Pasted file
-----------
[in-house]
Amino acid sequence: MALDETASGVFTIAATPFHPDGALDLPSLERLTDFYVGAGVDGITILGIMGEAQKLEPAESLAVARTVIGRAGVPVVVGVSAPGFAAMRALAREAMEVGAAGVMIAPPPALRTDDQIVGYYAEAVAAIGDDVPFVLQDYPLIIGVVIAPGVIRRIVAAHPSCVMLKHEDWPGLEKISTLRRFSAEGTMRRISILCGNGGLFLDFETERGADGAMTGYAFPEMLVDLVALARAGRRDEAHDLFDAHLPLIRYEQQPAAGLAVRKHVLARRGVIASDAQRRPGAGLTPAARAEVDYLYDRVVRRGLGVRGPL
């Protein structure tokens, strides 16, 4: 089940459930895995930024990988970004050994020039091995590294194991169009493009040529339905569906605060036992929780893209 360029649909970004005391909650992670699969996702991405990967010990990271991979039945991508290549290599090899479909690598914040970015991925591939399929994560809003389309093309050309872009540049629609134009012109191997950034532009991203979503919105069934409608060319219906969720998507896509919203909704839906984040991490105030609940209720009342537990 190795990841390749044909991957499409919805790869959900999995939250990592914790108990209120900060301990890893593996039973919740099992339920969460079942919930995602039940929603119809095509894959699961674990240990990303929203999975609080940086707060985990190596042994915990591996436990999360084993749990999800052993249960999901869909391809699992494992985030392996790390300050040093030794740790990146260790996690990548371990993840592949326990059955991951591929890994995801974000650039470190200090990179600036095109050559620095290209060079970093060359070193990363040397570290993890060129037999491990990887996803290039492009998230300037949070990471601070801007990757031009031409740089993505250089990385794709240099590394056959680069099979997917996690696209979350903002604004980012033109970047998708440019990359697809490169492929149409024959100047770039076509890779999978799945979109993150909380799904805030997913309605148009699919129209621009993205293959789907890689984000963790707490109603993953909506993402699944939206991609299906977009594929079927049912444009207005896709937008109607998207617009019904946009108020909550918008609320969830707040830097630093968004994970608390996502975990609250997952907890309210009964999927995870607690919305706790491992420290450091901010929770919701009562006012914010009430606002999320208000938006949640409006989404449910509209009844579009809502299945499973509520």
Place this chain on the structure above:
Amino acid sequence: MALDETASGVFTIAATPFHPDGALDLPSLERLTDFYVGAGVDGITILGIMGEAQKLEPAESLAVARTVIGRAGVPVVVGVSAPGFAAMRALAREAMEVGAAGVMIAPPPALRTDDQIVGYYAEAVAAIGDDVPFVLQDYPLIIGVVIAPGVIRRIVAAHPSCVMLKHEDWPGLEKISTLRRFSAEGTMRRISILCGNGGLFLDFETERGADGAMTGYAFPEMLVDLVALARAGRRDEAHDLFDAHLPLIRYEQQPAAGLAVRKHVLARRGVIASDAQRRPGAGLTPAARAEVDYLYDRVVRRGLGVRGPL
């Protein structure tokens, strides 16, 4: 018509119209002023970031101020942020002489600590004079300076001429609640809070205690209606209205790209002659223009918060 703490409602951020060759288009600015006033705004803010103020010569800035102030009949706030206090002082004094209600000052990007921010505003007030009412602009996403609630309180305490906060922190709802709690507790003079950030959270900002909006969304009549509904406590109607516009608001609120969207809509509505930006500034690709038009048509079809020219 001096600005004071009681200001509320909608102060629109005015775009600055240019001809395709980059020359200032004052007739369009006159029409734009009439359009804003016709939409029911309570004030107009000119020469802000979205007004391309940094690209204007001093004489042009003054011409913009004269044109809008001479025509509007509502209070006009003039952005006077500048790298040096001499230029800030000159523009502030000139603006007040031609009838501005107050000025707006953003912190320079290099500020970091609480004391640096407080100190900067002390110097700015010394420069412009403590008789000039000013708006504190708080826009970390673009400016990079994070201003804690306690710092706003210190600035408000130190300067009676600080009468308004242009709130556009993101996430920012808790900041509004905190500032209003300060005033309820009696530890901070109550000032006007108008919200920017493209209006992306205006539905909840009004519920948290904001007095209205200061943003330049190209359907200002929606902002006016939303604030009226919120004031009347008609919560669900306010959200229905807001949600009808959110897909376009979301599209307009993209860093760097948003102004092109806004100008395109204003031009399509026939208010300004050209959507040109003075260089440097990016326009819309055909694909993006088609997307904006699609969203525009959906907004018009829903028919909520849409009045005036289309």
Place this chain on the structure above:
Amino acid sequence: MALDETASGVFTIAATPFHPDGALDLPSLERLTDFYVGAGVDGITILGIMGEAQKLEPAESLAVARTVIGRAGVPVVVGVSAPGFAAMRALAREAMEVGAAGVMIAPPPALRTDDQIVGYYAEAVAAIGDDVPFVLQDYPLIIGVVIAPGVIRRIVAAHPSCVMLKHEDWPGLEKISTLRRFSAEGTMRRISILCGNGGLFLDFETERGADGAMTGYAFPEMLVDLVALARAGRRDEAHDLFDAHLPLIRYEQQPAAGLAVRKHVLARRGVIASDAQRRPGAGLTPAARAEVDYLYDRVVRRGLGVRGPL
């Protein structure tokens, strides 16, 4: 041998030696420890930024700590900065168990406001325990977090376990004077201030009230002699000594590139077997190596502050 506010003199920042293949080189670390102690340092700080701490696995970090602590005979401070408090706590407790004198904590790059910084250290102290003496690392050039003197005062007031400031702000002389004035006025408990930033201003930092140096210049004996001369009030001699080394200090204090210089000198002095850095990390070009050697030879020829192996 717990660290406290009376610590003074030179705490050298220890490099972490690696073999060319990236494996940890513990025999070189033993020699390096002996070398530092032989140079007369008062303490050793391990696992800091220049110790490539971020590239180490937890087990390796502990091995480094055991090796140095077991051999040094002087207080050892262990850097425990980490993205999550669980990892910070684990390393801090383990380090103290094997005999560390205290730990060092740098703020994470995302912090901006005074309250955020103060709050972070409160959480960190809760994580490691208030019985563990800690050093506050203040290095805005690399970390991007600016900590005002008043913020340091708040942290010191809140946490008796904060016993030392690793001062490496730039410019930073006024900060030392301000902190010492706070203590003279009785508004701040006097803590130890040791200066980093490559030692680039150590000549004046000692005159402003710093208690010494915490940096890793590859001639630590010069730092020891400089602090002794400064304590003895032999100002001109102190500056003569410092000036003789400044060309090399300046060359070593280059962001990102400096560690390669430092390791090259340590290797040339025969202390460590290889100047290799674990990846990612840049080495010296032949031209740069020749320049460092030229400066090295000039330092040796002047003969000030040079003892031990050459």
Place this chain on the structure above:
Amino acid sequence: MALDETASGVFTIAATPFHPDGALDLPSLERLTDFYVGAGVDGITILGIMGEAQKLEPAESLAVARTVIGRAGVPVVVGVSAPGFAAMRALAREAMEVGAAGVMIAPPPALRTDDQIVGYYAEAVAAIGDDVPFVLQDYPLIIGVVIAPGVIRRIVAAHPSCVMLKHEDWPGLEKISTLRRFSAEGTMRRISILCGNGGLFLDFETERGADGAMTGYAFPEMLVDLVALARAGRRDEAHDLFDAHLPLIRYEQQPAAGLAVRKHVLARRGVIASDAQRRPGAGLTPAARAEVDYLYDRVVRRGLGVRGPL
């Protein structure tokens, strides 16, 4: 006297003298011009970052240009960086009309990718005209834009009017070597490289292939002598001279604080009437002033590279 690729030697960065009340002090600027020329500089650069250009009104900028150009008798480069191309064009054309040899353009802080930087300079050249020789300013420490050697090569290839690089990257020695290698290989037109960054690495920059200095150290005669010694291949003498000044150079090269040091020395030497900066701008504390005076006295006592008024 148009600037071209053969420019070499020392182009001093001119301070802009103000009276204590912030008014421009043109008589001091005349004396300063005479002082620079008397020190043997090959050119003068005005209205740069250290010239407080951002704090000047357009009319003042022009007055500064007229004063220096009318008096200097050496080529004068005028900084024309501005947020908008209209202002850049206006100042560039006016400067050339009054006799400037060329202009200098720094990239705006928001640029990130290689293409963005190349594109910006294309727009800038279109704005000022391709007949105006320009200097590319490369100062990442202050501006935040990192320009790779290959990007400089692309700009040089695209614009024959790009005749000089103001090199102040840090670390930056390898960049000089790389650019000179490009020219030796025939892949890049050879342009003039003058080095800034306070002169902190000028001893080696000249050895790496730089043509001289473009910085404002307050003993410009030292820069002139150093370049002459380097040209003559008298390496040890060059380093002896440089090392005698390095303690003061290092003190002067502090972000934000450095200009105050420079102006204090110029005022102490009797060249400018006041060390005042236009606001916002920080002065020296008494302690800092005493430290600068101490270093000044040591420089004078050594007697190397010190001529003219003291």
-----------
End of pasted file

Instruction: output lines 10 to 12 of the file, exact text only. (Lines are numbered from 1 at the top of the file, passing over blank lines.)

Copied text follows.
Place this chain on the structure above:
Amino acid sequence: MALDETASGVFTIAATPFHPDGALDLPSLERLTDFYVGAGVDGITILGIMGEAQKLEPAESLAVARTVIGRAGVPVVVGVSAPGFAAMRALAREAMEVGAAGVMIAPPPALRTDDQIVGYYAEAVAAIGDDVPFVLQDYPLIIGVVIAPGVIRRIVAAHPSCVMLKHEDWPGLEKISTLRRFSAEGTMRRISILCGNGGLFLDFETERGADGAMTGYAFPEMLVDLVALARAGRRDEAHDLFDAHLPLIRYEQQPAAGLAVRKHVLARRGVIASDAQRRPGAGLTPAARAEVDYLYDRVVRRGLGVRGPL
């Protein structure tokens, strides 16, 4: 006297003298011009970052240009960086009309990718005209834009009017070597490289292939002598001279604080009437002033590279 690729030697960065009340002090600027020329500089650069250009009104900028150009008798480069191309064009054309040899353009802080930087300079050249020789300013420490050697090569290839690089990257020695290698290989037109960054690495920059200095150290005669010694291949003498000044150079090269040091020395030497900066701008504390005076006295006592008024 148009600037071209053969420019070499020392182009001093001119301070802009103000009276204590912030008014421009043109008589001091005349004396300063005479002082620079008397020190043997090959050119003068005005209205740069250290010239407080951002704090000047357009009319003042022009007055500064007229004063220096009318008096200097050496080529004068005028900084024309501005947020908008209209202002850049206006100042560039006016400067050339009054006799400037060329202009200098720094990239705006928001640029990130290689293409963005190349594109910006294309727009800038279109704005000022391709007949105006320009200097590319490369100062990442202050501006935040990192320009790779290959990007400089692309700009040089695209614009024959790009005749000089103001090199102040840090670390930056390898960049000089790389650019000179490009020219030796025939892949890049050879342009003039003058080095800034306070002169902190000028001893080696000249050895790496730089043509001289473009910085404002307050003993410009030292820069002139150093370049002459380097040209003559008298390496040890060059380093002896440089090392005698390095303690003061290092003190002067502090972000934000450095200009105050420079102006204090110029005022102490009797060249400018006041060390005042236009606001916002920080002065020296008494302690800092005493430290600068101490270093000044040591420089004078050594007697190397010190001529003219003291």